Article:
At the start of the year, many of us make a resolution: what we hope to do more of, what we hope to do less of, what we want to change in the upcoming year. A frequent New Year’s resolution is to “be healthier” and one component of that is to eat more vegetables. Here’s a simple solution that’s doable this year: Try eating soy! Soy is a vegetable and yet is a great source of protein as well, making it a healthy choice
This year, as you shop the supermarket aisles, make soy a part of your cart. Soy foods can be a part of a heart-healthy, healthy weight eating plan – which is something most Americans need to strive for. Here are some top ways to incorporate more soy into your meals and a look at where to find them in the supermarket:
- Use tofu. Tofu is a soft, cheese-like food made by curdling fresh, hot soy milk. It’s bland flavor is a bonus because it absorbs flavors easily. There are different tofu textures, ranging from soft to extra-firm, each with their own special uses. Try firm tofu in stir-fry, or add it to soups and stews. Softer (like soft or silken) tofu lends itself well to dips and dressings. Find tofu in the produce aisle.
- Prepare tempeh. Tempeh is made of whole soybeans mixed with rice and fermented which then develop a smoky or nutty flavor. Tempeh is a great addition to chili and pasta sauce. It can also be marinated and grilled. Find tempeh in the Asian section of the supermarket.
- Try soy nut butter. Made from roasted, whole soy nuts, which are then crushed and blended with soy oil, soy nut butter can be used in place of peanut butter for a lower fat option. Find soy nut butter in the natural section of the supermarket.
- Drink soy milk. Soy milk is made from ground soybeans. Use it in smoothies or on your morning cereal. Find soy milk in the refrigerated section of the supermarket and find soy milk in shelf-stable packaging in the natural section of the supermarket.
- Eat edamame. Edamame is the term for young, green soybean. They are sweet tasting and delicious. Use edamame just like peas or lima beans in your favorite soups, stir-fries, salads or even steam it and eat it as a snack. Find edamame in the frozen section of the supermarket, either in the pod or pre-shelled.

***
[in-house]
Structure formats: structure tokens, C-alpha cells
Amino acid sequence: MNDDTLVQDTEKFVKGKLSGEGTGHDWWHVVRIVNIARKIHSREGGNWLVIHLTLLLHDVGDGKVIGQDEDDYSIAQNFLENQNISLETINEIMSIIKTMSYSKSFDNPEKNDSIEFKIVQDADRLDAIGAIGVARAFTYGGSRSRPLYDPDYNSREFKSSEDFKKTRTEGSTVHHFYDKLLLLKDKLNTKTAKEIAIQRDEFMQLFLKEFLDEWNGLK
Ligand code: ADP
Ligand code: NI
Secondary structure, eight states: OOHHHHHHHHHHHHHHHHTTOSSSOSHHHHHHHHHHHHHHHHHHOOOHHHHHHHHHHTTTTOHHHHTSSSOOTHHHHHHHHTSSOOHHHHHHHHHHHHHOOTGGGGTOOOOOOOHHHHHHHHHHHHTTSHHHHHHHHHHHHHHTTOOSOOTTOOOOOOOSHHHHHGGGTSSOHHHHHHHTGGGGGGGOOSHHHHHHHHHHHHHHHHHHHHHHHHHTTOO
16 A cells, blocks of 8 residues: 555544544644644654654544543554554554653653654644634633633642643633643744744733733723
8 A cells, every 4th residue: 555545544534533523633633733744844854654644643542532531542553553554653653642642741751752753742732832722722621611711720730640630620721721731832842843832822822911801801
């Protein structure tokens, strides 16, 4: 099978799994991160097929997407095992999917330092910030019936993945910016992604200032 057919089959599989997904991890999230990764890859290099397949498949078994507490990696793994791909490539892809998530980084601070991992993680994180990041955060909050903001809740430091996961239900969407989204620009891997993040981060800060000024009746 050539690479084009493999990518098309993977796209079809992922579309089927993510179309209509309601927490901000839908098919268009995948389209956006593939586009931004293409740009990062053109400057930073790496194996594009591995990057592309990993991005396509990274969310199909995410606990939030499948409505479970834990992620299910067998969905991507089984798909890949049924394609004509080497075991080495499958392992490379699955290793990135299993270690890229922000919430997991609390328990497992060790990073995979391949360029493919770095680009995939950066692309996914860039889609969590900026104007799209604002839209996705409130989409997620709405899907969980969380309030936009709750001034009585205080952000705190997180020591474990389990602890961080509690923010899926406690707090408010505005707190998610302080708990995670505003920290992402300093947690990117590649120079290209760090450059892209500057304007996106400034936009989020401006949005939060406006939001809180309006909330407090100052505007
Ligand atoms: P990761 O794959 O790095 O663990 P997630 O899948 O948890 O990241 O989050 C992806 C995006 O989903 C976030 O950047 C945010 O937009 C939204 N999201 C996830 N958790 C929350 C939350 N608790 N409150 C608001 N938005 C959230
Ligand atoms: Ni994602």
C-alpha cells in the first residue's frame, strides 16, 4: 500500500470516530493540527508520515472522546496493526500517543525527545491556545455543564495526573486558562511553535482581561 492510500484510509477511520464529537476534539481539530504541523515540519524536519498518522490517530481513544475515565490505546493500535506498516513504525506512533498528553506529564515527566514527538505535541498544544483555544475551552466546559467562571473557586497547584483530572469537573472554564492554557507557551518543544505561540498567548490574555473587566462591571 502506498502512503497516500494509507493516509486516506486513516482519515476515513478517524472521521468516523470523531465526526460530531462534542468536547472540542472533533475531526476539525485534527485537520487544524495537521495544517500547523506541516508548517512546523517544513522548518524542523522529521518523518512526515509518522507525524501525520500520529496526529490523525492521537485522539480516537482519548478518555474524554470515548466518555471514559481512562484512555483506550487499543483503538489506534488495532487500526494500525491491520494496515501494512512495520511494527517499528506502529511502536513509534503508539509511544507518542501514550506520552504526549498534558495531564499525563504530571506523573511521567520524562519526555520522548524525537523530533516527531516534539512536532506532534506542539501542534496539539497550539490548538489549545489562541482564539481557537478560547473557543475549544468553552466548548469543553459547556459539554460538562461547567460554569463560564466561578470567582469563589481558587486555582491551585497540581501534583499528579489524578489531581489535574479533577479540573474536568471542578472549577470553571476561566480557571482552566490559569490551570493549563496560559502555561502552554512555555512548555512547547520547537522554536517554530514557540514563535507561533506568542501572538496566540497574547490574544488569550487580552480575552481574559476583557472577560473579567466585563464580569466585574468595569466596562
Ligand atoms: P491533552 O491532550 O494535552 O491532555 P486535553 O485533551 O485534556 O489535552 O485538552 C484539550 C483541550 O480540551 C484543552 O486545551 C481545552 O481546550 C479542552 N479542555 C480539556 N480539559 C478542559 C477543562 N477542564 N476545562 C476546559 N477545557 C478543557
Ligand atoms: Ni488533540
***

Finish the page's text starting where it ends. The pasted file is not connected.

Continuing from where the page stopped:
- Munch on soy beans themselves. Roasted soy nuts are made from whole soybeans that have been soaked in water and then baked until browned. Try roasted soy nuts on their own or add them to salads. Find roasted soy nuts in the snack aisle or in the natural food aisle of your supermarket.
While this is a list of just six options, there are many more soy foods available in the supermarket. Here’s my challenge for you: I encourage you to try one new soy food this year!
Jen Haugen, RDN, LD is an award-winning dietitian and family nutrition consultant with extensive retail and clinical nutrition experience. Known as the Down-to-Earth Dietitian, Jen specializes in nourishing moms so they can better nourish their families through kitchen-counter cooking schools and modern-day victory gardens. She recently presented her first TEDx talk on “How Moms Can Change the World,” and even more recently transitioned from full-time retail dietitian to part-time school dietitian so she can more fully live her values by spending more time cooking and gardening with her family and working with food companies that value family too. Find her at www.jenhaugen.com and @jenhaugen.